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Mortgage Credit Eases as Demand Increases in Q2

The percentage of banks reporting stronger demand for mortgage loans rose in the second quarter from the first, the Federal Reserve reported Monday, with more banks easing lending standards.

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Those results, revealed in the quarterly ""Senior Loan Officers Opinion Survey,"":http://www.federalreserve.gov/boarddocs/snloansurvey/201305/fullreport.pdf are consistent with anecdotal reports that mortgage loans are becoming easier to obtain.

The survey results are reported as a diffusion index; that is, the percentage of respondents saying they are easing lending standards “somewhat” or “considerably” is subtracted from those who report they are tightening standards for a range of different lending products. In the case of ""traditional"" mortgage loans, a net 7.8 percent of banks reported easing lending criteria in the second quarter. In the first quarter, a net 4.6 percent reported easing. Of the banks surveyed, 1.6 percent reported tighter loan standards in the second quarter, and 9.4 percent said they eased somewhat, while 89.1 percent said standards were unchanged.

While the survey results suggest a trend in lending standards, they could be misleading: A bank which has tightened lending standards as much as possible may not necessarily ease them, but cannot tighten any further. (It would be the equivalent of tightening a faucet as far as possible; not tightening further does not mean loosening it.)

In the survey, no banks reported tightening or easing standards for ""non-traditional"" mortgages, and 16.7 percent reported tighter standards for sub-prime loans, though 59 of the 65 banks surveyed said they do not make sub-prime loans. In the survey for the first quarter, 61 of the 71 banks surveyed said they do not make sub-prime loans.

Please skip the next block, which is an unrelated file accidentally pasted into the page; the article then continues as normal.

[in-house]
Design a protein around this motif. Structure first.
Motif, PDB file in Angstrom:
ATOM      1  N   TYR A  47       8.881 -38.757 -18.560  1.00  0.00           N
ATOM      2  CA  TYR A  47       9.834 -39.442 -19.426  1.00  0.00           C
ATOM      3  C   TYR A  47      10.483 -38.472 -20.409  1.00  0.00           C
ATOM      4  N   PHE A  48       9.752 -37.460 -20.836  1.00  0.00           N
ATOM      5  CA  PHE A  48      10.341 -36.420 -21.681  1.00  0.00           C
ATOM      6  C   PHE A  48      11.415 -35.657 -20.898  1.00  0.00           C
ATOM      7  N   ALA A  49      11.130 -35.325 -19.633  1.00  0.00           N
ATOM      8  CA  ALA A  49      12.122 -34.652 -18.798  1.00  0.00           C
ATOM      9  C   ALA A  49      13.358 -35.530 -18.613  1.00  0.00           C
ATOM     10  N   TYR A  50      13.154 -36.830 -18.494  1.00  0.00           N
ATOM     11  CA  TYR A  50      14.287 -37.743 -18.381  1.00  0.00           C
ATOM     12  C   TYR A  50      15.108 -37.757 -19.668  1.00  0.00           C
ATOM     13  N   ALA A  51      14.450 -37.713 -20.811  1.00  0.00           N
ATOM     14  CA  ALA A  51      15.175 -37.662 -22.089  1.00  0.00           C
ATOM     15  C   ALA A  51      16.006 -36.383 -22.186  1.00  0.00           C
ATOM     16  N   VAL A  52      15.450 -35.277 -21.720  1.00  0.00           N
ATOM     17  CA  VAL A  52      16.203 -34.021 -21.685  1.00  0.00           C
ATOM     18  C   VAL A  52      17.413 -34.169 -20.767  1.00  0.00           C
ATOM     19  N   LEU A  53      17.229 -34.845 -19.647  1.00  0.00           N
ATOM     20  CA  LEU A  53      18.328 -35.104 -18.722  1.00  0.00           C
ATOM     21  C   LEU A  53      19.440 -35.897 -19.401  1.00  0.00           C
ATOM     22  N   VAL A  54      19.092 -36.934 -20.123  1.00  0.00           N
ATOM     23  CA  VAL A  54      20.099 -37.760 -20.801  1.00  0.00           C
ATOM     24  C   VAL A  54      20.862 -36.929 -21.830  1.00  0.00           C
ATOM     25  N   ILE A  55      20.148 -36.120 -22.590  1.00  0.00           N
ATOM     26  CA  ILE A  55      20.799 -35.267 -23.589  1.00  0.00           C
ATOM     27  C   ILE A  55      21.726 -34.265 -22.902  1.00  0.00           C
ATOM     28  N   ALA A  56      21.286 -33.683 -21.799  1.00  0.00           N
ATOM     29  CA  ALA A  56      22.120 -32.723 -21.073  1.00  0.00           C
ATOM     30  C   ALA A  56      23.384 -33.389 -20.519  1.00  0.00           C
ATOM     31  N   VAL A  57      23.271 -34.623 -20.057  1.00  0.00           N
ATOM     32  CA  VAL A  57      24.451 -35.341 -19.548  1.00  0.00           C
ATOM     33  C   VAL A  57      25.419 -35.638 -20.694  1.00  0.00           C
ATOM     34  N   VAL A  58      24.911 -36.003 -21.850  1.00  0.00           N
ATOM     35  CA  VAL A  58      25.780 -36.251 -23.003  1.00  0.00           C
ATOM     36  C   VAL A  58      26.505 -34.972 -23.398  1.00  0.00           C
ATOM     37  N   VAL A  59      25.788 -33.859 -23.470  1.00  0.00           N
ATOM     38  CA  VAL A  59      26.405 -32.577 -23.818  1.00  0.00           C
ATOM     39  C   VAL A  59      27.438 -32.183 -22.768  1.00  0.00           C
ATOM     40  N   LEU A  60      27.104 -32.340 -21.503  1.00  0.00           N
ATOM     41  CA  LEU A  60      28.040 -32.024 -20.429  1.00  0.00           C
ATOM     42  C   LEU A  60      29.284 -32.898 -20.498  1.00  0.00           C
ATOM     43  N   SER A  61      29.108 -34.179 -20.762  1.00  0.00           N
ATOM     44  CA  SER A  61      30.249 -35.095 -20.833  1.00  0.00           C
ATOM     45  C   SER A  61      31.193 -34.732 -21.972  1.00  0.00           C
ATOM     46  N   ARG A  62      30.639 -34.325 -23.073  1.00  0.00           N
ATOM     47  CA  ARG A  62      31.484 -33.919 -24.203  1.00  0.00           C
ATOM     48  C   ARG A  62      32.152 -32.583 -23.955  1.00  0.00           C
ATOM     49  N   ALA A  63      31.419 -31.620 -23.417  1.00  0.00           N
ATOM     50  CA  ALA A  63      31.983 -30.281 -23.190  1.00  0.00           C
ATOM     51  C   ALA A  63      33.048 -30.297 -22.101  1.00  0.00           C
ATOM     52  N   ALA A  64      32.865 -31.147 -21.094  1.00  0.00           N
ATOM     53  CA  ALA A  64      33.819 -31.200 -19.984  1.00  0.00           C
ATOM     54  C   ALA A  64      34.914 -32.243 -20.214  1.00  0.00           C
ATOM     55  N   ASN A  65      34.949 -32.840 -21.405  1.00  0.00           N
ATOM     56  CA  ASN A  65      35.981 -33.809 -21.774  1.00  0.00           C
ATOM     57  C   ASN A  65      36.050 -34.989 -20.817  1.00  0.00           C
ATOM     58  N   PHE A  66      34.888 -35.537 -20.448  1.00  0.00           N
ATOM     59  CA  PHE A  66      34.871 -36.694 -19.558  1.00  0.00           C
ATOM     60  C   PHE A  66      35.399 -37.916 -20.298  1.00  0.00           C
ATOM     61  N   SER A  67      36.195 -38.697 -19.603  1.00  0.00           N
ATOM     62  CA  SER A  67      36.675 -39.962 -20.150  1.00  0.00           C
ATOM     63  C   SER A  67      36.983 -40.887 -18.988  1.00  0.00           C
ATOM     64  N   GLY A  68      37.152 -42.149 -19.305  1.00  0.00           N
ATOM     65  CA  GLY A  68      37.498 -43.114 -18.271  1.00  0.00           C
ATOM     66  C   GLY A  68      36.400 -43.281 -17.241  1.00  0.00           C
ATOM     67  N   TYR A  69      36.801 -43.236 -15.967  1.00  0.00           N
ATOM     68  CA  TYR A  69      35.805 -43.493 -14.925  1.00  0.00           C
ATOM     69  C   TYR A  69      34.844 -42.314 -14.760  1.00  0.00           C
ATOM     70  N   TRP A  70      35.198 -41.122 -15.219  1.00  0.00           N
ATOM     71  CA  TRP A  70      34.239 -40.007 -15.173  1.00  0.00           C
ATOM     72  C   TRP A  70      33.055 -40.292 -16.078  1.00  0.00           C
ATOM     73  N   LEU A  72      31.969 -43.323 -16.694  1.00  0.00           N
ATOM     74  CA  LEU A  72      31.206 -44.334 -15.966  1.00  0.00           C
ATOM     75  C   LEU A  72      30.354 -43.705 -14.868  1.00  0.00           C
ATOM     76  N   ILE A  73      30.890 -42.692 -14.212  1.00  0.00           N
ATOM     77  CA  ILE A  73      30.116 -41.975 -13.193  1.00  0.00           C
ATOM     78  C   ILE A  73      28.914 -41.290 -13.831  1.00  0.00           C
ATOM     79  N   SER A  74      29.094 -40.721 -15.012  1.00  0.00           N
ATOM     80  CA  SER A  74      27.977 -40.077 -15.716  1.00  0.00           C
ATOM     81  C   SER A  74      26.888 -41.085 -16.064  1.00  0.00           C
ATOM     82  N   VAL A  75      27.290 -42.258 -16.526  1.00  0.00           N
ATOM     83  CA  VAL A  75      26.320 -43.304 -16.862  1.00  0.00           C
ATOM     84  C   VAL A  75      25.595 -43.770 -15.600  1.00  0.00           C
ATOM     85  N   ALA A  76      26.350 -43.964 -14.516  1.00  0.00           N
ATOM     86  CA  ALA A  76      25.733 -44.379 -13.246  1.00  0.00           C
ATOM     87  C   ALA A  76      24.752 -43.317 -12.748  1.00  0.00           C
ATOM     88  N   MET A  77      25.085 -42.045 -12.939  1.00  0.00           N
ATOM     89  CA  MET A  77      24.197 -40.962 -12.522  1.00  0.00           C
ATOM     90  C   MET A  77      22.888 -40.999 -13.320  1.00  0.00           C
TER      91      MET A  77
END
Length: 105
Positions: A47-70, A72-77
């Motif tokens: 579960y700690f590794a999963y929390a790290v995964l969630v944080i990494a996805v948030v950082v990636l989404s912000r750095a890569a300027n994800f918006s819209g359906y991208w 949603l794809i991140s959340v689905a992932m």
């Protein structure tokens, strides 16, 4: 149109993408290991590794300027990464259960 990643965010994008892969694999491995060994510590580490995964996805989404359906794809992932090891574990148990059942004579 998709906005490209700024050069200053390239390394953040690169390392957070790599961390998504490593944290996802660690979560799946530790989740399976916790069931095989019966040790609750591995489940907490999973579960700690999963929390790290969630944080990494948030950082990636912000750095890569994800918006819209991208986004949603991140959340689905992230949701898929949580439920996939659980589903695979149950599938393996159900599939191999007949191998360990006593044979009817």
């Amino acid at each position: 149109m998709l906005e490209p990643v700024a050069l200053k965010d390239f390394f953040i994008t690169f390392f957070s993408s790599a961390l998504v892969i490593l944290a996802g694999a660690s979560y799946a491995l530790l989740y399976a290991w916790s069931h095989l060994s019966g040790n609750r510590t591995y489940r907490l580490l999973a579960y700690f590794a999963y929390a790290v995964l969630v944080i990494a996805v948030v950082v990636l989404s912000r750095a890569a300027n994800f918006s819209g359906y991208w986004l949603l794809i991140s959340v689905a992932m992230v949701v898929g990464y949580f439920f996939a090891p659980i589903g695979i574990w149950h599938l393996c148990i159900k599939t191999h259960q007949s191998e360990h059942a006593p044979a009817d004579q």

Non-traditional mortgages, the Federal Reserve said, include, but are not limited to, adjustable-rate mortgages with multiple payment options, interest-only mortgages, and ""Alt-A'"" products such as mortgages with limited income verification and mortgages secured by non-owner-occupied properties.

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A net 39.1 percent of banks surveyed said demand for prime mortgages was stronger in the second quarter than in the first. In the first quarter, 19 percent of banks surveyed reported stronger demand from the fourth quarter. Of the banks surveyed for the second quarter, 45.4 percent said demand was either moderately or substantially higher, while 6.3 percent described it as moderately weaker.

As many respondents said demand for non-traditional mortgage loans in the first quarter had strengthened as said demand weakened, and 73.3 percent said demand for non-traditional loans was unchanged from the first quarter to the second.

More banks reported stronger demand in the second quarter for sub-prime loans, with 16.7 percent saying demand has increased and 83.3 percent saying it is unchanged. The sample, however, was only six banks.

A net 3.1 percent of lenders said they had eased standards for home equity lines of credit (HELOCs)--3.1 percent tightening and 6.2 percent easing--while 90.8 percent said standards were unchanged. A net 13.8 percent said demand for HELOCs had weakened (7.7 percent said it was stronger and 21.5 percent weaker), while 70.8 percent reported demand was unchanged.

The survey also asked lenders the likelihood (compared with a year ago) of approving applicants at different credit score levels. Of those surveyed, a net 32.7 percent said they were less likely to approve a borrower with a score of 580, 30.9 percent said they were less likely to approve an applicant with a score of 620, and a net 3.4 percent said they were less likely to approve an applicant with a FICO score of 660.

According to the survey, a net 7.4 percent of banks reported looser standards for credit card loans in the second quarter compared with a net 2.0 percent in the first quarter. A net 12 percent of banks surveyed said demand for credit cards had increased in the second quarter, a reversal from the first quarter, when a net 4.0 percent reported demand for credit cards had weakened.

Demand for commercial real estate (CRE) loans continued to strengthen in the second quarter, with a net 40.3 percent of banks reporting stronger demand (matching the first quarter but down slightly from 44.1 percent in the fourth quarter).

A net 20.9 percent of banks reported easing standards for CRE loans in the second quarter compared with 13.4 percent of banks in the first quarter.

_Hear Mark Lieberman on P.O.T.U.S. (SiriusXM 124) on Friday at 6:20 a.m. Eastern._

About Author: Mark Lieberman

Mark Lieberman is the former Senior Economist at Fox Business Network. He is now Managing Director and Senior Economist at Economics Analytics Research. He can be heard each Friday on The Morning Briefing on POTUS on Sirius-XM Radio 124.
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